Q: Nice, we are too. Do you think you would do the show in Brooklyn, or?
A: That’s a….great question (laughs). (In a Seuss-like voice) I would do it anywhere: I would do it on a boat, or on a plane. I would do it everywhere; I would do it anywhere!
Q: That’s great. Maybe you can make that your slogan, and hold a contest to let your fans vote on where you guys would play. Do you need a PR person to get this show going?
A: (laughing) HA…. will definitely let you know. We’re dreaming about it though, it’s on the radar for sure.
Q: And did you see or hear the segment Mike Gordon teased from your song, “Fireworks” at Magnaball (36:10)?
A: You know, it was so cool, he texted me about it. He said, “I played one of your songs at our festival!” and I just thought it was pretty awesome. He followed up by saying, “I played your most Italian-sounding-song in one of my solos.” I was definitely psyched. I’ve known Mike a long time and we’ve played together, and you know, we like each other. He’s been to the studio here, and we’ve recorded. We’re friends. It was a really nice message to get. Actually, a couple years ago during an Antelope jam, Trey said “Marco Benevento” in place of “Marco Escuandolas”–
Q: –I was there! Alpine 2010.
A: You were there? That’s so funny – so many people were texting me! Asking:
‘Hey are you here?’
‘Where are you?’
‘Hey dude, you here?’
And I was in Brooklyn, just like…uhhh…where? Saying, “I’m here in Brooklyn, where are you?” And unanimously:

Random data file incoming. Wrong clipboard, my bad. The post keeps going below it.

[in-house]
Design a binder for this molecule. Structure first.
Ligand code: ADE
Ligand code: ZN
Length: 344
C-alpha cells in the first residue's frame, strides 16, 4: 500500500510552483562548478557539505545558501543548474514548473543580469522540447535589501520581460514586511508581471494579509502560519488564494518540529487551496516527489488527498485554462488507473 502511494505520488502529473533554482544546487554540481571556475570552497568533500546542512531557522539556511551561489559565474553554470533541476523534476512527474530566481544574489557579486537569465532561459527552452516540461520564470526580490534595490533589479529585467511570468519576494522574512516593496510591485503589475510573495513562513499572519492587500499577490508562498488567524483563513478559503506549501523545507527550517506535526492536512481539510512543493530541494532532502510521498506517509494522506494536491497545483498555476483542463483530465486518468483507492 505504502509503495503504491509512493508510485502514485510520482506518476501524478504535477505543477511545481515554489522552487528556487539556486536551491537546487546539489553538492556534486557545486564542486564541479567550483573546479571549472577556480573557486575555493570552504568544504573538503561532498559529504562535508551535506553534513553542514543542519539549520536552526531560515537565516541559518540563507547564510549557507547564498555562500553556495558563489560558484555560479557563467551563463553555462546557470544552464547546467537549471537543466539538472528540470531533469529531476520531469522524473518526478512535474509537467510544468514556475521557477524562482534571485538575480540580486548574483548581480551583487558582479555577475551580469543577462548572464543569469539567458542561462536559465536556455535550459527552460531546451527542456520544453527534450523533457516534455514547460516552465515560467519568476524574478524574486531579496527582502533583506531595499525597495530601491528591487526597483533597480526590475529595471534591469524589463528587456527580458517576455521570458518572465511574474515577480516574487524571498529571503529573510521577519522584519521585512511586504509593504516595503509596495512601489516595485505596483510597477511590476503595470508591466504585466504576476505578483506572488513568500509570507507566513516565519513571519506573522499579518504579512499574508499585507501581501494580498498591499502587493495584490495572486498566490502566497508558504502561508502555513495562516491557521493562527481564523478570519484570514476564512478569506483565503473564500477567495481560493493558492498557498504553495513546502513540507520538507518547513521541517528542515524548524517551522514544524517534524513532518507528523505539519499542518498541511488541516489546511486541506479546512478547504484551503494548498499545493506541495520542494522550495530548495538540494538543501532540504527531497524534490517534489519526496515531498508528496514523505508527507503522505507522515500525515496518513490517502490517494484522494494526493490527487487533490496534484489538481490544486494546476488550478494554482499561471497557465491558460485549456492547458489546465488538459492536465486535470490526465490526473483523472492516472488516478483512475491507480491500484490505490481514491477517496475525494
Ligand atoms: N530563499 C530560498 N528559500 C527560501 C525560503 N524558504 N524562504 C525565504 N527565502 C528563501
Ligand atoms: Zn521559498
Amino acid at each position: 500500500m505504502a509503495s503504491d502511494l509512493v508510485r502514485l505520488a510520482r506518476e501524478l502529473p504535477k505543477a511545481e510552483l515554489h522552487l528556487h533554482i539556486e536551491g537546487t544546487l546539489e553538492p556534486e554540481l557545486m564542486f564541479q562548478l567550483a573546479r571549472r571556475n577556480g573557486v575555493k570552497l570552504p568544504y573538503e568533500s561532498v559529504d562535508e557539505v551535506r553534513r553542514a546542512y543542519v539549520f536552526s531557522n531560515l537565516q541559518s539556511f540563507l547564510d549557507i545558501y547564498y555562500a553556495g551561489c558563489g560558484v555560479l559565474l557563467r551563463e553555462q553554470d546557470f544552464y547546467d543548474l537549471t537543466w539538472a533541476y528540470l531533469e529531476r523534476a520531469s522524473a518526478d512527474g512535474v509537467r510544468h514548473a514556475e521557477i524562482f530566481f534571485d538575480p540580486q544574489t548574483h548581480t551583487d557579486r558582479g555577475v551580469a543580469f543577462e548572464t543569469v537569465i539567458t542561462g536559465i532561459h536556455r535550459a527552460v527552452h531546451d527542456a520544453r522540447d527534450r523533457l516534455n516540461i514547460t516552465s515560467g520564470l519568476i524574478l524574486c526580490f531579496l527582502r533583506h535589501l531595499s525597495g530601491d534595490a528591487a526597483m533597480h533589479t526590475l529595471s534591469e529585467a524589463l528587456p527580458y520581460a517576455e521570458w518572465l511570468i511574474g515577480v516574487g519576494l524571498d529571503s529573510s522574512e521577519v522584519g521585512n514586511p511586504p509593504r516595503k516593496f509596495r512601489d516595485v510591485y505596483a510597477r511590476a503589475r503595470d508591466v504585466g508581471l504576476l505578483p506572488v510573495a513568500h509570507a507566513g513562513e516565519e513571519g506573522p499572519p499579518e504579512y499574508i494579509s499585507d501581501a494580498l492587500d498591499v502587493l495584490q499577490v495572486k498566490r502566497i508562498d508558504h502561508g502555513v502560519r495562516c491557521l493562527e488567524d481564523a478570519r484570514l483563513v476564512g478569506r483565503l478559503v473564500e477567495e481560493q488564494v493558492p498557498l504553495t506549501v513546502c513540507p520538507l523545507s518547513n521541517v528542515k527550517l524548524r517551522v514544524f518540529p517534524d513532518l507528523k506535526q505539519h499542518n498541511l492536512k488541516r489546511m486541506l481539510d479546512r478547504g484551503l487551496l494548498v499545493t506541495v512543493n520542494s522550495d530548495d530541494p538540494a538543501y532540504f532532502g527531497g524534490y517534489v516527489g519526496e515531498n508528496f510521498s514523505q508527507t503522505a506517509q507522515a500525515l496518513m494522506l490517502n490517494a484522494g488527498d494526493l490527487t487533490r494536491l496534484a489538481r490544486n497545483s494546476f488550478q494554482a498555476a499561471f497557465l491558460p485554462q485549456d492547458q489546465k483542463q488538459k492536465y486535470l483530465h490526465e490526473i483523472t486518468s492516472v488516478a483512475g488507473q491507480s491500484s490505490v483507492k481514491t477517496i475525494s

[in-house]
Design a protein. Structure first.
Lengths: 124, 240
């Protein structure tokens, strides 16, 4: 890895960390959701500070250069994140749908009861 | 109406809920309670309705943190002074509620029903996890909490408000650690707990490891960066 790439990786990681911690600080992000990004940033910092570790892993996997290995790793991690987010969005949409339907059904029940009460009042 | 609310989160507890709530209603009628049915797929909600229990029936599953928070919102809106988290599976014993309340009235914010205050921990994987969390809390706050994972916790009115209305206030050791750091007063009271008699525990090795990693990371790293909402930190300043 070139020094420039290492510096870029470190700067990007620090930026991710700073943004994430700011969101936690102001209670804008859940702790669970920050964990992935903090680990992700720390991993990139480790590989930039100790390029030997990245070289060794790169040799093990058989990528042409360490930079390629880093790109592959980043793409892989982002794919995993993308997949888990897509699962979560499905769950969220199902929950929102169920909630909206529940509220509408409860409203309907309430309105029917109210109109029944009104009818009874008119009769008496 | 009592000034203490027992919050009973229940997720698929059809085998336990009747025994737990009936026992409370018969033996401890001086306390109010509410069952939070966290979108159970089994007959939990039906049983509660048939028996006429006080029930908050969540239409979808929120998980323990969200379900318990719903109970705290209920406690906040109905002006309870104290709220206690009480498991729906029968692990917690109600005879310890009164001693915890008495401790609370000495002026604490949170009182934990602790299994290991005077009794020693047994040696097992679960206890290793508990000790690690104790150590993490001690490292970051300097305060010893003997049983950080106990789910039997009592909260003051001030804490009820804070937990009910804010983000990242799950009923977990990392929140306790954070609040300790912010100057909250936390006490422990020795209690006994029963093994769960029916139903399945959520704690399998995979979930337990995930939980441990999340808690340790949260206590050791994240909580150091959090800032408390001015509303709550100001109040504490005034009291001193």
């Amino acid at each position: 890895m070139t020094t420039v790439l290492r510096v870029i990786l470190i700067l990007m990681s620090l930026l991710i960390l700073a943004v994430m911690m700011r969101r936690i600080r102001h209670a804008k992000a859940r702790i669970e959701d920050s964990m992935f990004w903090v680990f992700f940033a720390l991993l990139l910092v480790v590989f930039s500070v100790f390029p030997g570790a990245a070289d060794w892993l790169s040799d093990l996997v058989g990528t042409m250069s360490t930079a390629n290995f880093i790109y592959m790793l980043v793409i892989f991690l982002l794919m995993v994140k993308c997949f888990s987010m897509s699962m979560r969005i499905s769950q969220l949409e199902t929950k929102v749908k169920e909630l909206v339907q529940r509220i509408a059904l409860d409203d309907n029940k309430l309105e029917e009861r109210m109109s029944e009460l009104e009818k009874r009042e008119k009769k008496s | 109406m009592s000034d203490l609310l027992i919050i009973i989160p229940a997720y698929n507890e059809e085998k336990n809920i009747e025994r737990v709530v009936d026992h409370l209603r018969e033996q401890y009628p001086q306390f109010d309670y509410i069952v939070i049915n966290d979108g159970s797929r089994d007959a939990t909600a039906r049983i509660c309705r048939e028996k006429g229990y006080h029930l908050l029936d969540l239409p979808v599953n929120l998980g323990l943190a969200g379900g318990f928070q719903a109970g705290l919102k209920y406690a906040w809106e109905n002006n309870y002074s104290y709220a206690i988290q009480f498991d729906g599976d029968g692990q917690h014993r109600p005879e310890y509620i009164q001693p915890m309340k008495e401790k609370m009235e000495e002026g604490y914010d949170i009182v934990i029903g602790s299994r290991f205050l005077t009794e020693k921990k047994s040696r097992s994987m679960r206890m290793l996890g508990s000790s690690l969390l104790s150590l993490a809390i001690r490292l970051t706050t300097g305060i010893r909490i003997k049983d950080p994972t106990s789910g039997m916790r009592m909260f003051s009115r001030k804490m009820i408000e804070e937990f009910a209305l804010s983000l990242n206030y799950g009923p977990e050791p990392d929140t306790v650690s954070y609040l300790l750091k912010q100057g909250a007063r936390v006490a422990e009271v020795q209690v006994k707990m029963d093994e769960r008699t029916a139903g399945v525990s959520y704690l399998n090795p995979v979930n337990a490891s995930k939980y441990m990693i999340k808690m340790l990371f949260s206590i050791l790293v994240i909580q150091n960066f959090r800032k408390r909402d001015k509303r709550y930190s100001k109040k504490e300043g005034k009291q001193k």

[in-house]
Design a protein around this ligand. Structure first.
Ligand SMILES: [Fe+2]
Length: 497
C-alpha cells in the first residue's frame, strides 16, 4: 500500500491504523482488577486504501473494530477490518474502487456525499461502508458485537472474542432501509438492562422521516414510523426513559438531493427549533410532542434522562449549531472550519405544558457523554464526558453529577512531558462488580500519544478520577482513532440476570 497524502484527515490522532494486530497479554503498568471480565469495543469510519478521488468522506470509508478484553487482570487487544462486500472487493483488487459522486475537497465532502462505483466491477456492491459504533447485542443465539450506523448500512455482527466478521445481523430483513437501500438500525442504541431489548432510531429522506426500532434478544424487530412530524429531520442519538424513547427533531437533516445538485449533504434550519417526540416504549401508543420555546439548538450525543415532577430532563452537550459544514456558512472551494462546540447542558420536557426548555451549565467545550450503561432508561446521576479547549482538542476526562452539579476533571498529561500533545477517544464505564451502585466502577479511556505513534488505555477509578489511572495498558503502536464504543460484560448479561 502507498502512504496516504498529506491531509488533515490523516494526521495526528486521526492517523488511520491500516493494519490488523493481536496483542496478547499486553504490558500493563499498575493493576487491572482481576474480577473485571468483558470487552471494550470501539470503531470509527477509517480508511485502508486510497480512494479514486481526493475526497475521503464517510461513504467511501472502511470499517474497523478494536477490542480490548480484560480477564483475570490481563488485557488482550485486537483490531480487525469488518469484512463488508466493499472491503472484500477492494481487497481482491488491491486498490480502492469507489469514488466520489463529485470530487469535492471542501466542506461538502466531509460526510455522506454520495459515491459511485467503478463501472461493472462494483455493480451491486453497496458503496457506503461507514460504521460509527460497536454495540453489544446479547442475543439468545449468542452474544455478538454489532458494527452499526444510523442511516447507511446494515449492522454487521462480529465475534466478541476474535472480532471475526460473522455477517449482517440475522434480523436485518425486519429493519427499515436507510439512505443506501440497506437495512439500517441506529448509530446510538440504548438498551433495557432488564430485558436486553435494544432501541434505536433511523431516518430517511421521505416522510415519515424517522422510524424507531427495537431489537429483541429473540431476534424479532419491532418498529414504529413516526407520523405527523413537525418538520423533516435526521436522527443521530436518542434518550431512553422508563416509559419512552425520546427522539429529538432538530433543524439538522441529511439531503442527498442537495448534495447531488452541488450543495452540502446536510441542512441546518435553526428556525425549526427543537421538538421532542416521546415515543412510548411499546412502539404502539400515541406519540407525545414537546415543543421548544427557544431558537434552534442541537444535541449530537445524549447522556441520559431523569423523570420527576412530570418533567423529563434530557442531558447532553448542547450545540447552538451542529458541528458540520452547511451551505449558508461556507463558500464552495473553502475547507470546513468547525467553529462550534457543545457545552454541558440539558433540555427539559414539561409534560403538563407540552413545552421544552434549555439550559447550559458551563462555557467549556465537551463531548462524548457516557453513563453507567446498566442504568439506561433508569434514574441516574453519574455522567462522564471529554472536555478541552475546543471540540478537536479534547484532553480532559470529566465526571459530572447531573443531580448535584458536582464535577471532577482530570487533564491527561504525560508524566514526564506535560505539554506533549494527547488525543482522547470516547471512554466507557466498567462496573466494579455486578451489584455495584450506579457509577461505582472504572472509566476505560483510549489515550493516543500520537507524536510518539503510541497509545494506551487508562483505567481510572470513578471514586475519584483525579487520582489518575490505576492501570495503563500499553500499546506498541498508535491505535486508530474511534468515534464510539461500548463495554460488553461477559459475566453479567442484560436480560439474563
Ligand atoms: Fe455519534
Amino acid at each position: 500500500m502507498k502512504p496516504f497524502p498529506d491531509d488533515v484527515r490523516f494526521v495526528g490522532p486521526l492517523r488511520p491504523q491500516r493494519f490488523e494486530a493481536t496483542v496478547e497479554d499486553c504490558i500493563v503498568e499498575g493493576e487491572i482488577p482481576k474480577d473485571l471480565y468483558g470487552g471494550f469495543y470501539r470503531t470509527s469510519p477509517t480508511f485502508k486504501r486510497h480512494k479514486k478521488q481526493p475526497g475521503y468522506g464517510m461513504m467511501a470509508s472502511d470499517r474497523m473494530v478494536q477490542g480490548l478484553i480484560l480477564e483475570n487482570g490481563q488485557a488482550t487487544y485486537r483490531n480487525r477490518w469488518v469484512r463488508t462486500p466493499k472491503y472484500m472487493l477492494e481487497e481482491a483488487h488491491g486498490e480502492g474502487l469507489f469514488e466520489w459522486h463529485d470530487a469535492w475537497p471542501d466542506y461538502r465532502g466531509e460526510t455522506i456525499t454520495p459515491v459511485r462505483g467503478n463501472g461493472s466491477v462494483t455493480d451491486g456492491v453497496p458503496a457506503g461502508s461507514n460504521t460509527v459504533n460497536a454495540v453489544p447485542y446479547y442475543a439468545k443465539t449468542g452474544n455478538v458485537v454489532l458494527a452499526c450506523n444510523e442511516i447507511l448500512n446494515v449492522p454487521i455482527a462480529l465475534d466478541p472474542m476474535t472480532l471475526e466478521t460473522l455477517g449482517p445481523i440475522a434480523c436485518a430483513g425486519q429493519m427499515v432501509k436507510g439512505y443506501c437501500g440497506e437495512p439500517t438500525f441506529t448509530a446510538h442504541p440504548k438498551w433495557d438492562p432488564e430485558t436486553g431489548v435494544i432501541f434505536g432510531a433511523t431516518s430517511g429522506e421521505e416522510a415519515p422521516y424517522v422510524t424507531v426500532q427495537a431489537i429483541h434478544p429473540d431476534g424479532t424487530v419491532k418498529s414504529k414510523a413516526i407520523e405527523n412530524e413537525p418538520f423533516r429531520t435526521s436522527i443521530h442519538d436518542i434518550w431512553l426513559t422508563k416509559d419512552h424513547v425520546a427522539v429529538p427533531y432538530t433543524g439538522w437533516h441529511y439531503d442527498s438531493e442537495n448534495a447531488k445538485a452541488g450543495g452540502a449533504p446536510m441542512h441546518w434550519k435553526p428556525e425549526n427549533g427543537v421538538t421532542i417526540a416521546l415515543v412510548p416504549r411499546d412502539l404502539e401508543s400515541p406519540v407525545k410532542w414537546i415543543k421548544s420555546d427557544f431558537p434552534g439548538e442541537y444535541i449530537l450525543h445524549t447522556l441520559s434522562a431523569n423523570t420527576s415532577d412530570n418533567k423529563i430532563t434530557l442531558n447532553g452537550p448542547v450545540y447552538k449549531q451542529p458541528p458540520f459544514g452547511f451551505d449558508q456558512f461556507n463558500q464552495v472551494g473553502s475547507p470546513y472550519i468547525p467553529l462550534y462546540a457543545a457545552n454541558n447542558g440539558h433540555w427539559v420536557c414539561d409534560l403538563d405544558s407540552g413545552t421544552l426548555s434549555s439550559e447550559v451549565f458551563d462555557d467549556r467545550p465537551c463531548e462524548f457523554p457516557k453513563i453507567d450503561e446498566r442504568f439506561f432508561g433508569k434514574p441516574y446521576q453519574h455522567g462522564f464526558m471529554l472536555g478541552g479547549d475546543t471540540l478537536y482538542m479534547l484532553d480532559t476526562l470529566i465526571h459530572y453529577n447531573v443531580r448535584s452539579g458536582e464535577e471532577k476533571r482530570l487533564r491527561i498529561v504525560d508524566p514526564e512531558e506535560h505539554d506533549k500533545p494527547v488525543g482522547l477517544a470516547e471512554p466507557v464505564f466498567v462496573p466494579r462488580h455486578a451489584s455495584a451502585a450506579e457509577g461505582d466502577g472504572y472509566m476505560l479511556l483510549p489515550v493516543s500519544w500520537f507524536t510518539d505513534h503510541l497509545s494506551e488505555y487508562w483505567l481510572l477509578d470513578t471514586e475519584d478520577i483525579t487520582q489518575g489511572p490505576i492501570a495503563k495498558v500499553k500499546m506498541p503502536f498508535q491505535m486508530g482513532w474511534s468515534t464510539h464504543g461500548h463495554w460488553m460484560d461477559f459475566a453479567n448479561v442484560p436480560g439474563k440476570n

“WE’RE AT THE PHISH SHOW! TREY JUST SAID YOUR NAME!”
So that was pretty cool, too. I’m just over here humbled like, ….that’s pretty cool!!
Q: Uh, ya, I’d say. The place definitely went wild. It ended the first set and everyone was going crazy. It’s on the Alpine DVD if you wanna check it out.
A: For sure. I mean, it’s just really flattering. I really like Mike and those guys, and any time I’m in Burlington we try to link up. I love collaborating with him, and all those guys (members of Phish).
Q: It’s perfect you mention Burlington. I was hoping to ask you about a show you played at Higher Ground on 12.30.04 where Mike played the whole show with you, and Page (McConnell, Phish keys player) sat in for Cars, Trucks, Buses. (Full Photo Catalog by Mike Wren from the show here)
A: Oh ya…that’s right! That was pretty cool.
Q: Pretty cool when your cameos are by various members of Phish…was Page just around, or how did that come about?
A: I guess just over the years, we’ve met and gotten to know each other. You know, we did GRAB (aka Mike & The Italians), and I’ve toured with Jon Fishman (Phish drummer) who was in my band for a couple shows, a couple tours, which was really, really fun. So, ya, whenever I’m in Burlington, I shoot Page a text too. A couple times we’ve hung out and just recorded double-keyboard stuff together.
Q: Um…that’s awesome! Would you ever release any?
A: It’s mostly just for fun and inspiration, but…
Q: Never know?
A: Exactly. It’s definitely really fun. He’s been sending me some of these improvisations and they’re really fun to listen to. The whole like, idea that any of the guys from such a well-known band, that I like, especially going way back to seeing them in high school, it’s just…it’s cool. It really all started back when we started playing with Mike. So, ya, Burlington was probably something like…we were all hanging out and one thing lead to another, and boom, Page is sitting in on “Cars, Trucks, Buses.” Cuz’ he’s there, we’ve been hanging, and you know…we’re musicians. We don’t wanna just “hang out,” we wanna play music together. That’s how we “hang out.”